Fires in Kiev: Could Growing Death Toll Lead to EU Sanctions?
Protests in Kiev have continued, escalating with 18 deaths on Tuesday, seven of them policemen, and with the use of fire by protestors attempting to block off the advancements of law enforcement officials. According to BBC, at 6 p.m. GMT there was a police broadcast over loudspeakers that let protestors know that “an anti-terror operation” was about to begin. Armored vehicles soon followed, as did stun grenades and water cannons, while police attempted to take down protest barricades.
In response, protestors aimed fireworks and gas bombs, lighting fires in order to prevent police breaches. “The European Union will respond to the deterioration on the ground including via targeted measures,” said the statement made on behalf of the European Council by its president. “Our Ministers in the Foreign Affairs Council will at their meeting tomorrow examine targeted measures, such as financial sanctions and visa restrictions against those responsible for violence and use of excessive force.”
The European Commission’s president, Jose Manuel Barroso, echoed the threat of sanctions in his Wednesday condemnation of the violence. “It was with shock and utter dismay that we have been watching developments over the last 24 hours in Ukraine,” said Barroso.
“Power is gained not on the streets or squares, but at the polls. I have repeatedly told them — the elections will be soon,” said Ukrainian President Viktor Yanukovych in a press release, emphasizing that changes should “happen legally, under the Constitution of Ukraine.”
The Ukrainian constitution is just one of a number of issues in dispute between protestors and the current government, with protestors demanding that January 16 changes to the constitution be repealed and that the government return to the constitution of 2004 — a legislative effort that was recently blocked.
Ukraine’s Ministry of Defense made an announcement Wednesday, stating that due to “the worsening socio-political situation in the country” it would be increasing protection around “military arsenals, base, depots and other military facilities.” The release made note of rumors that the activity had a different agenda, saying that “information about the redeployment of units and the Armed Forces of Ukraine for power dispersal of protesters in Kiev is not true.” The Ministry of Internal Affairs made its own public statement insisting that firearms were not involved in the violent injuries occurring in Kiev.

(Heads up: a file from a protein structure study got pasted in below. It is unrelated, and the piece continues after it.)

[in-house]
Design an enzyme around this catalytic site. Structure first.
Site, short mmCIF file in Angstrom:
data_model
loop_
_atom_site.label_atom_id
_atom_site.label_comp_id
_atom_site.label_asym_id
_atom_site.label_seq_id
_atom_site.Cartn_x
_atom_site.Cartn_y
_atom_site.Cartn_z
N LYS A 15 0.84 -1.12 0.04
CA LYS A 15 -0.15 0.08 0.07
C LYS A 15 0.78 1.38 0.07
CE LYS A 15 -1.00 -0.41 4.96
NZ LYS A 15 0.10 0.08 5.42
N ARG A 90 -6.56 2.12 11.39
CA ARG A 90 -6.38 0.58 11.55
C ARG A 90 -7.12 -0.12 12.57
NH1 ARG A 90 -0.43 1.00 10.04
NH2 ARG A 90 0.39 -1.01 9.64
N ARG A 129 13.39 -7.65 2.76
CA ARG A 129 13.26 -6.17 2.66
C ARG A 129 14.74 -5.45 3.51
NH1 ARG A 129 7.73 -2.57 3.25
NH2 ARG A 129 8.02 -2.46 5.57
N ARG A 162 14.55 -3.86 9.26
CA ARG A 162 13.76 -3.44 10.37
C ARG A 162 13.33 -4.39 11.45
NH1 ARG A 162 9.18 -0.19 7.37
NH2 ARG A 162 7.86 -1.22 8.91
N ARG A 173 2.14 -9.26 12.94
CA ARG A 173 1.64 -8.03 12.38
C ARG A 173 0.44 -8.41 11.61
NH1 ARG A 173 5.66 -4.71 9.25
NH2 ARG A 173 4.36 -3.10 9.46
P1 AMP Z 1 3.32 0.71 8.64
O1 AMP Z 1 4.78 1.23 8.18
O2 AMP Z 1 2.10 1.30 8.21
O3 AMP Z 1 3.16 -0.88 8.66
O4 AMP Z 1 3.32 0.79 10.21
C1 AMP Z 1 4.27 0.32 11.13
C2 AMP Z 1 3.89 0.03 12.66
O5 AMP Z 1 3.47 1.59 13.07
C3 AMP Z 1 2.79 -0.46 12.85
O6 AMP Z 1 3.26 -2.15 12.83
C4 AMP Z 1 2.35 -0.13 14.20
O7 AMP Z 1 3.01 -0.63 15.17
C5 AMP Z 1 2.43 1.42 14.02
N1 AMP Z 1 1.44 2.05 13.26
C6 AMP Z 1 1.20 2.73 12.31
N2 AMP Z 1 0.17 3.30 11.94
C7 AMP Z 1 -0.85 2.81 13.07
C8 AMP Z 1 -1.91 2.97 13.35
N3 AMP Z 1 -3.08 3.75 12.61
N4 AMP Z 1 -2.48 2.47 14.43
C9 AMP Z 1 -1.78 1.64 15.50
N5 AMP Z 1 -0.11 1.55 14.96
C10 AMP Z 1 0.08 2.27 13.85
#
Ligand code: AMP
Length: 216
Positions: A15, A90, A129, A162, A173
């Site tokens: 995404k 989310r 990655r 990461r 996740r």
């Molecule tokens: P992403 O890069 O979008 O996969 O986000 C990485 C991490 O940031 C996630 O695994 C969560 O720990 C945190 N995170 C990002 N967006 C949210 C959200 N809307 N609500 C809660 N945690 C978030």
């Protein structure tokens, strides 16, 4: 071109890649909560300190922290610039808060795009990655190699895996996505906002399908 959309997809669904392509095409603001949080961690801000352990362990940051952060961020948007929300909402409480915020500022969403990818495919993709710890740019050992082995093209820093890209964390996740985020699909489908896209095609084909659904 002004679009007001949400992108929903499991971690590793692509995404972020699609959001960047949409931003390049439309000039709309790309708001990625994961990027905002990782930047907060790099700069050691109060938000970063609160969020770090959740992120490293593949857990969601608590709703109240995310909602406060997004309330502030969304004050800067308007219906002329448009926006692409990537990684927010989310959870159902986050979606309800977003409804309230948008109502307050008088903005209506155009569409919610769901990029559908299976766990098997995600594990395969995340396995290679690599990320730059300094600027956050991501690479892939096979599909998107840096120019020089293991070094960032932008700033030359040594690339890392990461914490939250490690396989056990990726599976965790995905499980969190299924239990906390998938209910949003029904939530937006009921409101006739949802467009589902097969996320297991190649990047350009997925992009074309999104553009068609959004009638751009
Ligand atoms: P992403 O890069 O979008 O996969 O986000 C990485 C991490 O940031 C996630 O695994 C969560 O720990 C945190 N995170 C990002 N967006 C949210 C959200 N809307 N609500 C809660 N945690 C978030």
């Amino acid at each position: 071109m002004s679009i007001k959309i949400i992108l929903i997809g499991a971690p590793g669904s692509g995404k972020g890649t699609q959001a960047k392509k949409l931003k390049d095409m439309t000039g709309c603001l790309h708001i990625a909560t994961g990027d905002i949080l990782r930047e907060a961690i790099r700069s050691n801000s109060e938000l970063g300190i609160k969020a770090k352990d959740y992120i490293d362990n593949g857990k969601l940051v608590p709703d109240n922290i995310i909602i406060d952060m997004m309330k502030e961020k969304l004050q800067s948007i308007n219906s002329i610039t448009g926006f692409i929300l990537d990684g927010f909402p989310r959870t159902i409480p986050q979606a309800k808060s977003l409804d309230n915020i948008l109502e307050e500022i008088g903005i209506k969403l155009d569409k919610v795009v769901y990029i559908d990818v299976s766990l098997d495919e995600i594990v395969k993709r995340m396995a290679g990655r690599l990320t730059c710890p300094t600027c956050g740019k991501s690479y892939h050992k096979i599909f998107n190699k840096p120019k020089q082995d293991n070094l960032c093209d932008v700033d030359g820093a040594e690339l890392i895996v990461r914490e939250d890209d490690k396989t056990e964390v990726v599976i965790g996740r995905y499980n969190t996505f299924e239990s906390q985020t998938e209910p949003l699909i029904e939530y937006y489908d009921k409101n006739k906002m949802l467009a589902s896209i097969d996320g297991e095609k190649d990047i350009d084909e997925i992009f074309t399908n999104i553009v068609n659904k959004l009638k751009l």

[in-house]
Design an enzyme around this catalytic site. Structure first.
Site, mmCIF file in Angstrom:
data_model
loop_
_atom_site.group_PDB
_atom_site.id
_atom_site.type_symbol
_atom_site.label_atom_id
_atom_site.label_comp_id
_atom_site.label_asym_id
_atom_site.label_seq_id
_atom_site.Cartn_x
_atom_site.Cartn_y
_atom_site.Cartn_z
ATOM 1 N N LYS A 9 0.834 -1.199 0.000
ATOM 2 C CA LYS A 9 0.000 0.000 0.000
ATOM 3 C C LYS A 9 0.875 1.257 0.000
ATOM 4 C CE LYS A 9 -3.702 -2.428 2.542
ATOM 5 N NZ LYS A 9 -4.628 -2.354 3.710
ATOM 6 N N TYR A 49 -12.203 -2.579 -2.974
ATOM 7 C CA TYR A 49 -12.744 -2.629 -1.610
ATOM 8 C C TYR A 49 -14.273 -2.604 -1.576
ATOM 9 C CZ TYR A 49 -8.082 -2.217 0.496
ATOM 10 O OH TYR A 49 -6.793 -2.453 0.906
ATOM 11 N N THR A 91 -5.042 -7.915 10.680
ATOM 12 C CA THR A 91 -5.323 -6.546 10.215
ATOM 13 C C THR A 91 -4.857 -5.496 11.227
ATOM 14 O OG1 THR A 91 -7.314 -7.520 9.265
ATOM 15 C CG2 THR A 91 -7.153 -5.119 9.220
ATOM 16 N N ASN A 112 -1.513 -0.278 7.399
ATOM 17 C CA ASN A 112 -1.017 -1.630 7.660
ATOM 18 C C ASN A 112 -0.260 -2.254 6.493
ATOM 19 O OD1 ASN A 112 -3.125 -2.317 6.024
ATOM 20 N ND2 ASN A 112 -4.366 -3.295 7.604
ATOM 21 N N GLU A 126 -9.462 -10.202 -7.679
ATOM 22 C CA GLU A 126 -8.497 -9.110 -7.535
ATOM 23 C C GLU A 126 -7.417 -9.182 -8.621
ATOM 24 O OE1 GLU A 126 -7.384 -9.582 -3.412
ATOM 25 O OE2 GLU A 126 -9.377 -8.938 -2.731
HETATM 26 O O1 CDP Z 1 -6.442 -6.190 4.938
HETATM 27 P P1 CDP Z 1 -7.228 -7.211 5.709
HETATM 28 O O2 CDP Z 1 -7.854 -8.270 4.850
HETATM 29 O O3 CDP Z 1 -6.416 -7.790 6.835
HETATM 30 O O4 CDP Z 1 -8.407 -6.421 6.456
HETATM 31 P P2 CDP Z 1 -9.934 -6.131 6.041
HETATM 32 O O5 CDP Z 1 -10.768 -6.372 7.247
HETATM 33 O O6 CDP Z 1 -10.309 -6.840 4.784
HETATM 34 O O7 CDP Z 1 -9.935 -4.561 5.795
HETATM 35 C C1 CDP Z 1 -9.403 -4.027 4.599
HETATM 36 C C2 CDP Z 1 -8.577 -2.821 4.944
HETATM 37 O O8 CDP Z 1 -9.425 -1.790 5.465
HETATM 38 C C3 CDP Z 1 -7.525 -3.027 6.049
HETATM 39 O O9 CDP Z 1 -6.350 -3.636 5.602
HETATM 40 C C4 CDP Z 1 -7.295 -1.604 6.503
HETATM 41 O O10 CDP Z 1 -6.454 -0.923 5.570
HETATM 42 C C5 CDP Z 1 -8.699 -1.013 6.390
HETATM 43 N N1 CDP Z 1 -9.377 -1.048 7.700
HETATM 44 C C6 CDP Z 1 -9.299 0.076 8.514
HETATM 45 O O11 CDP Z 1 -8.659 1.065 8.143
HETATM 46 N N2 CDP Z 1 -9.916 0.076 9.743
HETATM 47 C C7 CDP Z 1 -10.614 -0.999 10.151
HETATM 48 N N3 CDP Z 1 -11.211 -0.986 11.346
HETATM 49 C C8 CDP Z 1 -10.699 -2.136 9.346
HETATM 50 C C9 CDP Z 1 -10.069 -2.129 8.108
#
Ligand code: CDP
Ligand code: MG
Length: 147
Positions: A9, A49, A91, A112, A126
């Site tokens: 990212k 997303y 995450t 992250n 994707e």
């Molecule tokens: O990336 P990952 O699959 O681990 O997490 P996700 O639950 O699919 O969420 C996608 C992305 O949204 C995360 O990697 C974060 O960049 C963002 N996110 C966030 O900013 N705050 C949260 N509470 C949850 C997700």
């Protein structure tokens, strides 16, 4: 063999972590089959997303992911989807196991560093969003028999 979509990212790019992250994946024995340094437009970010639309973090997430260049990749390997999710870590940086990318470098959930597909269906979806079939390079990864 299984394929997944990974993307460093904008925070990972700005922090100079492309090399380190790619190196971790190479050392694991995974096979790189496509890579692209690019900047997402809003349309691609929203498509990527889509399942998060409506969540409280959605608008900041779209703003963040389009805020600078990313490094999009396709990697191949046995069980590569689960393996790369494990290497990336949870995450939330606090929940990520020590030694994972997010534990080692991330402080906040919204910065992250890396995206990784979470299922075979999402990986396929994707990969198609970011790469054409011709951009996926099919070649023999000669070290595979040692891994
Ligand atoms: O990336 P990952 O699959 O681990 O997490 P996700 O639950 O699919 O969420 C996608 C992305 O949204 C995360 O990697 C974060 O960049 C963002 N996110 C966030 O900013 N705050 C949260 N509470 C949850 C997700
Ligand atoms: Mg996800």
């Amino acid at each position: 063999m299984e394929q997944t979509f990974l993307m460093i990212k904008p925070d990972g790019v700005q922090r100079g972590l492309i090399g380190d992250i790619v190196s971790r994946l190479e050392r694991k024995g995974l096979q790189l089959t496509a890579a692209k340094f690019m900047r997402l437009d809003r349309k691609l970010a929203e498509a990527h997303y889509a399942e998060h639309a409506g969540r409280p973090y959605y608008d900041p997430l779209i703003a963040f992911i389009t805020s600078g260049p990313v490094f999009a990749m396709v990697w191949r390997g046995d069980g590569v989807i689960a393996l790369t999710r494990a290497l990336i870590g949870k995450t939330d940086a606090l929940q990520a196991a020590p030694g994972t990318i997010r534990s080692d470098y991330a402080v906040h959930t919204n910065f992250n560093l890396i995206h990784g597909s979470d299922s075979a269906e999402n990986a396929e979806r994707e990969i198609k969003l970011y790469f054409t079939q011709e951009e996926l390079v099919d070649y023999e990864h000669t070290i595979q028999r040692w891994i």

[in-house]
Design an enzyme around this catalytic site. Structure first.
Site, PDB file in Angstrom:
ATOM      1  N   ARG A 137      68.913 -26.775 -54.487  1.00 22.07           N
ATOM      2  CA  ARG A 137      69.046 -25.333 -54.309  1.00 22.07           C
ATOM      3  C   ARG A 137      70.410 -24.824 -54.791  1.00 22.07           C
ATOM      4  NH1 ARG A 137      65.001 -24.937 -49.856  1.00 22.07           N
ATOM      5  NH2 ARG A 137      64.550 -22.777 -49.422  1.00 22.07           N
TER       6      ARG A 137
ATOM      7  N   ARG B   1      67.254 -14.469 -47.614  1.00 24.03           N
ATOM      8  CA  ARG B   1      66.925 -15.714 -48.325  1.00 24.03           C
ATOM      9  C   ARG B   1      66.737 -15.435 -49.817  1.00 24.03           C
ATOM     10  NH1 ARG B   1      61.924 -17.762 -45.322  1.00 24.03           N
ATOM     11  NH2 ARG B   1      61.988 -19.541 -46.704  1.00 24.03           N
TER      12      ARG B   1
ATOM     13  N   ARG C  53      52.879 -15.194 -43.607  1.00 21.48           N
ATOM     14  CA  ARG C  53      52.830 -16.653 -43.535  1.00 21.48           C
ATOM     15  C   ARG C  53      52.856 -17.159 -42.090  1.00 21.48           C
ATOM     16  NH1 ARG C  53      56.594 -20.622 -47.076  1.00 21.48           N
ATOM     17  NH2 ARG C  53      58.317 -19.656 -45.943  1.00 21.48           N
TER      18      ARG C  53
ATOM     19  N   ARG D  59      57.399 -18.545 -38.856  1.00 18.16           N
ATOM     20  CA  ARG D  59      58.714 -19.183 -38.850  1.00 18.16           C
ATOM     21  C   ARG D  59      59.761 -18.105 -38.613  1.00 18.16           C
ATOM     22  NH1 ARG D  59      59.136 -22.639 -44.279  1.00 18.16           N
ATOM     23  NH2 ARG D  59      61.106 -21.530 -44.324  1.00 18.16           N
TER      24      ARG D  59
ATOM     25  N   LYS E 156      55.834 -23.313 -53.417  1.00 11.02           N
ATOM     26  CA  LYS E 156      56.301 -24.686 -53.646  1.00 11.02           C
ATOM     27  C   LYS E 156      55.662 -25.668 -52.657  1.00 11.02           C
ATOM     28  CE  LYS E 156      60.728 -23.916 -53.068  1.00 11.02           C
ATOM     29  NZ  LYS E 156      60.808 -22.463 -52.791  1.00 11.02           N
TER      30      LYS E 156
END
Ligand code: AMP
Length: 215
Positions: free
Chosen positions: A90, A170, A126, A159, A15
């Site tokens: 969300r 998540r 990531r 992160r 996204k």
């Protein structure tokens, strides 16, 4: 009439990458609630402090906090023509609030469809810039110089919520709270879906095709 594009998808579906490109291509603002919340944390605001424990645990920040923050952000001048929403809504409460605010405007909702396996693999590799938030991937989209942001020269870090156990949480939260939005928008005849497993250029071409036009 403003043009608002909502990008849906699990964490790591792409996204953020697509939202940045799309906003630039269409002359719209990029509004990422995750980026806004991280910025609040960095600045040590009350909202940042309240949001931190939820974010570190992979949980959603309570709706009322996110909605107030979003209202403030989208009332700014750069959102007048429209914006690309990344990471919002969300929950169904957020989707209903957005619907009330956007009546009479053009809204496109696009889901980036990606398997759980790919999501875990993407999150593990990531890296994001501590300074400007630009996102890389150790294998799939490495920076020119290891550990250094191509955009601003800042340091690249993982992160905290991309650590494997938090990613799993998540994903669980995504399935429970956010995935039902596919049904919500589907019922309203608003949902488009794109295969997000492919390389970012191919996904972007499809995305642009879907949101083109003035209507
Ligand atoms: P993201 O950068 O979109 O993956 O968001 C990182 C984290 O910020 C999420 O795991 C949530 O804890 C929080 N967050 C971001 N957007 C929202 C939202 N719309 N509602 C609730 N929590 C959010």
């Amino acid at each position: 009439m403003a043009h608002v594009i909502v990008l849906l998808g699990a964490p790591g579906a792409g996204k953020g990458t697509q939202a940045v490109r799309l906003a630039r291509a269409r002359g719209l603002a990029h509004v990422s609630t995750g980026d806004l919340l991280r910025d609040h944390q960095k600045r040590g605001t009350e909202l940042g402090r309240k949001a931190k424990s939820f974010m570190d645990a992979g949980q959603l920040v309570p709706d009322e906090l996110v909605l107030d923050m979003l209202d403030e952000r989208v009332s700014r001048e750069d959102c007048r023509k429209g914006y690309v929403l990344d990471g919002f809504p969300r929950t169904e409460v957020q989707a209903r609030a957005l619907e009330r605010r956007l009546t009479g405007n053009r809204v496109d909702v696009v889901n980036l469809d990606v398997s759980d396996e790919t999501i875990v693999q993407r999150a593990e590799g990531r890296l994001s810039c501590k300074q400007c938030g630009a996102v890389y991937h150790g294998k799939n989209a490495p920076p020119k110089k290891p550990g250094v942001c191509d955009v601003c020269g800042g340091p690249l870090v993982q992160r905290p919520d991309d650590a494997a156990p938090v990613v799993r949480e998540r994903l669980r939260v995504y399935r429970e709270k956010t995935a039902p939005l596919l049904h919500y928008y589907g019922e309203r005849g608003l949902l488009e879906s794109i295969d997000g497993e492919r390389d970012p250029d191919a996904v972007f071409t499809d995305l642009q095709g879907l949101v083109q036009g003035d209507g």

Vitali Klitschko, leader of the Ukrainian Democratic Alliance for Reform (UDAR), made public statements of his own, blaming government and the police for deaths and “terror against peaceful civilians”; he continued to demand that the Yanukovych government resign. UDAR also asked in an statement that diplomats and others from international organizations monitor treatment of protestors at hospitals. “This is necessary because police arrest heavily wounded people in hospitals, which poses a threat to their lives and contradicts all norms of human morality,” the organization said.
According to the BBC’s Daniel Sandford, the issue has spread beyond disagreement over Ukraine’s relationship with Russia — one of the issues that sparked the unrest — and has become more concerning. “What makes this crisis so serious is the quiet support that many in western Ukraine, particularly in Lviv, are giving to the violence. It means that a split between eastern Ukraine and western Ukraine is being openly discussed, even though few people say they want that,” said Sandford.